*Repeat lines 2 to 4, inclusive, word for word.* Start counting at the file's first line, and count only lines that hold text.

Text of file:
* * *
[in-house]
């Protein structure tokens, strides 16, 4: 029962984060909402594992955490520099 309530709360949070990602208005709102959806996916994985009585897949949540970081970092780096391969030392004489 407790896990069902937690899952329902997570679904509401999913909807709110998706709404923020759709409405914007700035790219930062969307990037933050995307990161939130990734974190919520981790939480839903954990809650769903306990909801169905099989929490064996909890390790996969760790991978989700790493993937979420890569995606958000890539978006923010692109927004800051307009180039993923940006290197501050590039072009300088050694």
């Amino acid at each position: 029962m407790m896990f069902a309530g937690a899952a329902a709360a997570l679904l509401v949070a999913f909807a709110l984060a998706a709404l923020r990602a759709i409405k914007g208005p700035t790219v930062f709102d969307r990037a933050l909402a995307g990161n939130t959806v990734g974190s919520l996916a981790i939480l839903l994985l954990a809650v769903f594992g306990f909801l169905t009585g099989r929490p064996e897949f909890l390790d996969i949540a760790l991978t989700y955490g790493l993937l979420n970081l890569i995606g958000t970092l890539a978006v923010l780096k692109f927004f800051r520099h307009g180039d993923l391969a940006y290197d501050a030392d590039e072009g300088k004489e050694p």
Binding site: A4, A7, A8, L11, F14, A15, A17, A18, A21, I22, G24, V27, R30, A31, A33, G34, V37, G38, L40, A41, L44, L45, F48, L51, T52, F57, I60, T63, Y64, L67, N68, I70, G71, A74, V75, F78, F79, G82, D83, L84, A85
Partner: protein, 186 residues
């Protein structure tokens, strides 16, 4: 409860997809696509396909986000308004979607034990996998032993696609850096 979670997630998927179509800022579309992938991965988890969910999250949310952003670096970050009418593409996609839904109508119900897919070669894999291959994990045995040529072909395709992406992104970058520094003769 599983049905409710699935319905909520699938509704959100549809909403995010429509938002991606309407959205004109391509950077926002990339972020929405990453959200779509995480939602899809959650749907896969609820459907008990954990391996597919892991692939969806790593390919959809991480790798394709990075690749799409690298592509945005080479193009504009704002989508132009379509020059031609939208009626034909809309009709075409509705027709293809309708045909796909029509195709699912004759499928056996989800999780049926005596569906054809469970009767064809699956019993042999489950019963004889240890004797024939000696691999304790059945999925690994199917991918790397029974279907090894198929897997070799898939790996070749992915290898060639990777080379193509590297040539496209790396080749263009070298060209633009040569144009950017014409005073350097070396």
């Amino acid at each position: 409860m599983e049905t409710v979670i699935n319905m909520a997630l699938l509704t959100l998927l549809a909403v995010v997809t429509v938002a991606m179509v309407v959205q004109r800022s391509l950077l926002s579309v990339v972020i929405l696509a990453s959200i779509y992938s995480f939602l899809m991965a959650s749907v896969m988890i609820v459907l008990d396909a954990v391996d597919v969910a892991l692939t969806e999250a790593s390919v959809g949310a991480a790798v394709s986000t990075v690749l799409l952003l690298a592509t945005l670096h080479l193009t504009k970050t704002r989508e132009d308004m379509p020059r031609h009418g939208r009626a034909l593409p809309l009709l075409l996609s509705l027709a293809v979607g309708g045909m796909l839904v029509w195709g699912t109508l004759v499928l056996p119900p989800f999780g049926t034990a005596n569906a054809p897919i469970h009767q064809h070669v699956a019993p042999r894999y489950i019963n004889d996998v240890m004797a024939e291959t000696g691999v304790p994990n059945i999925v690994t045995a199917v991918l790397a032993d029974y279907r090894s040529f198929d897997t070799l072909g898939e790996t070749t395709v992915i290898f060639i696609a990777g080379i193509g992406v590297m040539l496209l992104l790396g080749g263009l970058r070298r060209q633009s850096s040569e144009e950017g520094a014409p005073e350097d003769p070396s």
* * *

């Protein structure tokens, strides 16, 4: 029962984060909402594992955490520099 309530709360949070990602208005709102959806996916994985009585897949949540970081970092780096391969030392004489 407790896990069902937690899952329902997570679904509401999913909807709110998706709404923020759709409405914007700035790219930062969307990037933050995307990161939130990734974190919520981790939480839903954990809650769903306990909801169905099989929490064996909890390790996969760790991978989700790493993937979420890569995606958000890539978006923010692109927004800051307009180039993923940006290197501050590039072009300088050694």
């Amino acid at each position: 029962m407790m896990f069902a309530g937690a899952a329902a709360a997570l679904l509401v949070a999913f909807a709110l984060a998706a709404l923020r990602a759709i409405k914007g208005p700035t790219v930062f709102d969307r990037a933050l909402a995307g990161n939130t959806v990734g974190s919520l996916a981790i939480l839903l994985l954990a809650v769903f594992g306990f909801l169905t009585g099989r929490p064996e897949f909890l390790d996969i949540a760790l991978t989700y955490g790493l993937l979420n970081l890569i995606g958000t970092l890539a978006v923010l780096k692109f927004f800051r520099h307009g180039d993923l391969a940006y290197d501050a030392d590039e072009g300088k004489e050694p």
Binding site: A4, A7, A8, L11, F14, A15, A17, A18, A21, I22, G24, V27, R30, A31, A33, G34, V37, G38, L40, A41, L44, L45, F48, L51, T52, F57, I60, T63, Y64, L67, N68, I70, G71, A74, V75, F78, F79, G82, D83, L84, A85